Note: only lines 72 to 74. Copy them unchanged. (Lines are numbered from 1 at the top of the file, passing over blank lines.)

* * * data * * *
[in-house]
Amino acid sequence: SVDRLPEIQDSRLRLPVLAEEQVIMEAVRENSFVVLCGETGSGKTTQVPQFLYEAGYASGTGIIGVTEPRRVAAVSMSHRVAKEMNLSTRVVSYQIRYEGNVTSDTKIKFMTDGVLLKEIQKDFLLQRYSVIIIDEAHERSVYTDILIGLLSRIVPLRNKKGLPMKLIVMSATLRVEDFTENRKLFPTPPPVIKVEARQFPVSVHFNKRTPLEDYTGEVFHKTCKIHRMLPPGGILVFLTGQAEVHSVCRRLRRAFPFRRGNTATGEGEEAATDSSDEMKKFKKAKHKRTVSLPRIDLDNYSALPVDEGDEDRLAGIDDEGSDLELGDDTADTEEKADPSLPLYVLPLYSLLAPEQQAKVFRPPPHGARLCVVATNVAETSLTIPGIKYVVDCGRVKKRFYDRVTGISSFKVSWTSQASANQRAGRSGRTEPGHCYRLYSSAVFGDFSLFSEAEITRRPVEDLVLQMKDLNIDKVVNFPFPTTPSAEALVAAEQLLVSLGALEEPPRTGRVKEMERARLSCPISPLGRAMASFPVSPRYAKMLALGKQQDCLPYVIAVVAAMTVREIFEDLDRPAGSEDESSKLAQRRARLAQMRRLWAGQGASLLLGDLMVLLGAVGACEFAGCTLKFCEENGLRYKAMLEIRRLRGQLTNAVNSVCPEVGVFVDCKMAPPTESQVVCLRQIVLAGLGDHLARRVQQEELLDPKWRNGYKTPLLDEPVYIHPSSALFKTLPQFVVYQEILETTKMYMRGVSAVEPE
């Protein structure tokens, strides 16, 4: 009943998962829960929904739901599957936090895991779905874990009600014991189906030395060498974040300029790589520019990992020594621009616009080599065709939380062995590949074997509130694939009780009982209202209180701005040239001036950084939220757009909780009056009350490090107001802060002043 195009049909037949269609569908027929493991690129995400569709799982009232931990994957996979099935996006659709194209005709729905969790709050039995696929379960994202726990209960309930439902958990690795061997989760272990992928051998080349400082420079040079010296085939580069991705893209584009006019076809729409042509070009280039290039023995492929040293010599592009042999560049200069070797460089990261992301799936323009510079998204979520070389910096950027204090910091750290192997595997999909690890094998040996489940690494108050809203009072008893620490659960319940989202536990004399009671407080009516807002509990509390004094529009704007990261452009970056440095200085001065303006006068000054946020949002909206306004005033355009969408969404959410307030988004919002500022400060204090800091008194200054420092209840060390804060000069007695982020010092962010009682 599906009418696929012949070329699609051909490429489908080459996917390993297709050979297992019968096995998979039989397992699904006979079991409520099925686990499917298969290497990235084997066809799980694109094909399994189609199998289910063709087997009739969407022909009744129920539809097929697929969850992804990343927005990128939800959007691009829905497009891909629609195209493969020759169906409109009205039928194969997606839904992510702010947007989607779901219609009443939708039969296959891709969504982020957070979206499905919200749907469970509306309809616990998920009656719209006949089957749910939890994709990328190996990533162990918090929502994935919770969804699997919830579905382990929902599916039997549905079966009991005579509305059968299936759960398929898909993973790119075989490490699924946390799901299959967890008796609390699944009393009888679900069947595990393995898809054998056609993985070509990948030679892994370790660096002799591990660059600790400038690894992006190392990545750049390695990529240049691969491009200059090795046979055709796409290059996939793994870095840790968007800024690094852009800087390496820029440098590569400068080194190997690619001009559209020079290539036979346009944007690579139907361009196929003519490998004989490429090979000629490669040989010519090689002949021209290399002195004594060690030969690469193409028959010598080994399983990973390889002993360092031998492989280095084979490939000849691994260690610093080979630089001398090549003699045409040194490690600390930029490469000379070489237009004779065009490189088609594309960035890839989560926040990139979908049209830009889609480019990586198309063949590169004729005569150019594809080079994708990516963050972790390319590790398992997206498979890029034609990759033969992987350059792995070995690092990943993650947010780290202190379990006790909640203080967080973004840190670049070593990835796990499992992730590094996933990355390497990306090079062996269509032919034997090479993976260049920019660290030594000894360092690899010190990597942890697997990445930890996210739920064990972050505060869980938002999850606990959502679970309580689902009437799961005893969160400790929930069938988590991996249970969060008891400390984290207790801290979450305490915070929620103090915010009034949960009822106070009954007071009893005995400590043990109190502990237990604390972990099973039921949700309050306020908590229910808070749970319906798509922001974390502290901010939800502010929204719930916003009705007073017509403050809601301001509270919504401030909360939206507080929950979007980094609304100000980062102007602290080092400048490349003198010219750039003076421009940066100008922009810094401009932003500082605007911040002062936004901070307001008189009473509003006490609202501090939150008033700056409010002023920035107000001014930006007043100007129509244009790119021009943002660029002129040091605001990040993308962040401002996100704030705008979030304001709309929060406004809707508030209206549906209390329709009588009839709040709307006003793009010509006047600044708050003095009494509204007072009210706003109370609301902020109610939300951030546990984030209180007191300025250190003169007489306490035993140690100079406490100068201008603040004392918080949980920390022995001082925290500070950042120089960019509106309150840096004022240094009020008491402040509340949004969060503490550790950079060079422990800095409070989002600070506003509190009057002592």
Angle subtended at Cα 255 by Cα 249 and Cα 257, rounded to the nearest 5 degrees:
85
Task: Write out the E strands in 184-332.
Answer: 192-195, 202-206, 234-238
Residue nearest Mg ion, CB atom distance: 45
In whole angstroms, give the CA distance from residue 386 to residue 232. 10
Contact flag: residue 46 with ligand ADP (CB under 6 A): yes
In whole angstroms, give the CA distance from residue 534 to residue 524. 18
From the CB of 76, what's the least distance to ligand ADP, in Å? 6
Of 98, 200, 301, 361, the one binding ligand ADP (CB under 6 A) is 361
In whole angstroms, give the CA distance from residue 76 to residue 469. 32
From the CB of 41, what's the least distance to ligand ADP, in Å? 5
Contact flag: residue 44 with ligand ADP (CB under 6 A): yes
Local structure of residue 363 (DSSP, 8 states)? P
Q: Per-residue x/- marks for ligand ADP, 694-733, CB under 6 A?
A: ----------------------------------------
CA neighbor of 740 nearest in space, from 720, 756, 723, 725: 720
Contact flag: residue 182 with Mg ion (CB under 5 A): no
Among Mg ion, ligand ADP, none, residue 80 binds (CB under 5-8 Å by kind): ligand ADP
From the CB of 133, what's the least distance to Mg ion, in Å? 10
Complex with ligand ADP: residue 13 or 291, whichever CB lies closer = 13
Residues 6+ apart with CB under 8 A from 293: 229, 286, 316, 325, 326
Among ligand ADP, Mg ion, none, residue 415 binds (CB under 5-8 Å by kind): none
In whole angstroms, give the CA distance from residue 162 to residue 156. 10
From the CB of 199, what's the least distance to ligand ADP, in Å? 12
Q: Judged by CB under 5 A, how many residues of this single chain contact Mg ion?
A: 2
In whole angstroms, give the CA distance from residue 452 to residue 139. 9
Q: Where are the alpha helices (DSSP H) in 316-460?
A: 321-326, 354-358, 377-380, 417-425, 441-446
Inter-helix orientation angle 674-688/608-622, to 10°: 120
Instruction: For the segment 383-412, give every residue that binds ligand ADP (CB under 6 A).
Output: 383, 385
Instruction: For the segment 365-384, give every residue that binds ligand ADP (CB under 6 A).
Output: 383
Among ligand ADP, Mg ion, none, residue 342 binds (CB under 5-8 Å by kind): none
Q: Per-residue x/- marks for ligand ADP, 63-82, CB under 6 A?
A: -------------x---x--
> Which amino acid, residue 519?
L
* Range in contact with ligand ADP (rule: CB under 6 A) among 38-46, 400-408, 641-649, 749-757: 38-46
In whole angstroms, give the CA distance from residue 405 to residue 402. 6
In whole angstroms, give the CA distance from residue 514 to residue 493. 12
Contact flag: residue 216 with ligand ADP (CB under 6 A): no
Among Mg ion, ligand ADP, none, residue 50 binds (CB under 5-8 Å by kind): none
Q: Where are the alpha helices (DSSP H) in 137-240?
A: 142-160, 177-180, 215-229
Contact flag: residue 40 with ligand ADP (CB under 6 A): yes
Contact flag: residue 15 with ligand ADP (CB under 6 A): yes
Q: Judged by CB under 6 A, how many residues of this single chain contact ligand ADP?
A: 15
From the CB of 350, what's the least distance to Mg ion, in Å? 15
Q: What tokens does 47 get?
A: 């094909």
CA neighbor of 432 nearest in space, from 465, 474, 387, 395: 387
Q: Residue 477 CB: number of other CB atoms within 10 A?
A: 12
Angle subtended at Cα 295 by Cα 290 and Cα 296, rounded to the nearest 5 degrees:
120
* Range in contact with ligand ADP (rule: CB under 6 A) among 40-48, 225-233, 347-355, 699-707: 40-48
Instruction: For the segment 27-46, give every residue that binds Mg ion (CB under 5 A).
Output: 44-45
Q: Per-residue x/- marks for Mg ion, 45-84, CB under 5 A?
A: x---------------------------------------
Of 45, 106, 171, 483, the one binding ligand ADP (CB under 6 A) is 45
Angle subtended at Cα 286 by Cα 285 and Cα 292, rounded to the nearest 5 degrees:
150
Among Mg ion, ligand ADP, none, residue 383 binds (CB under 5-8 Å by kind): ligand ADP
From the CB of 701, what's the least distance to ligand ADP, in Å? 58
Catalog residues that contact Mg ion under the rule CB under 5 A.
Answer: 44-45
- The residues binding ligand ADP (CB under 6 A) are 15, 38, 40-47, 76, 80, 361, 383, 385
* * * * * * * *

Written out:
From the CB of 701, what's the least distance to ligand ADP, in Å? 58
Catalog residues that contact Mg ion under the rule CB under 5 A.
Answer: 44-45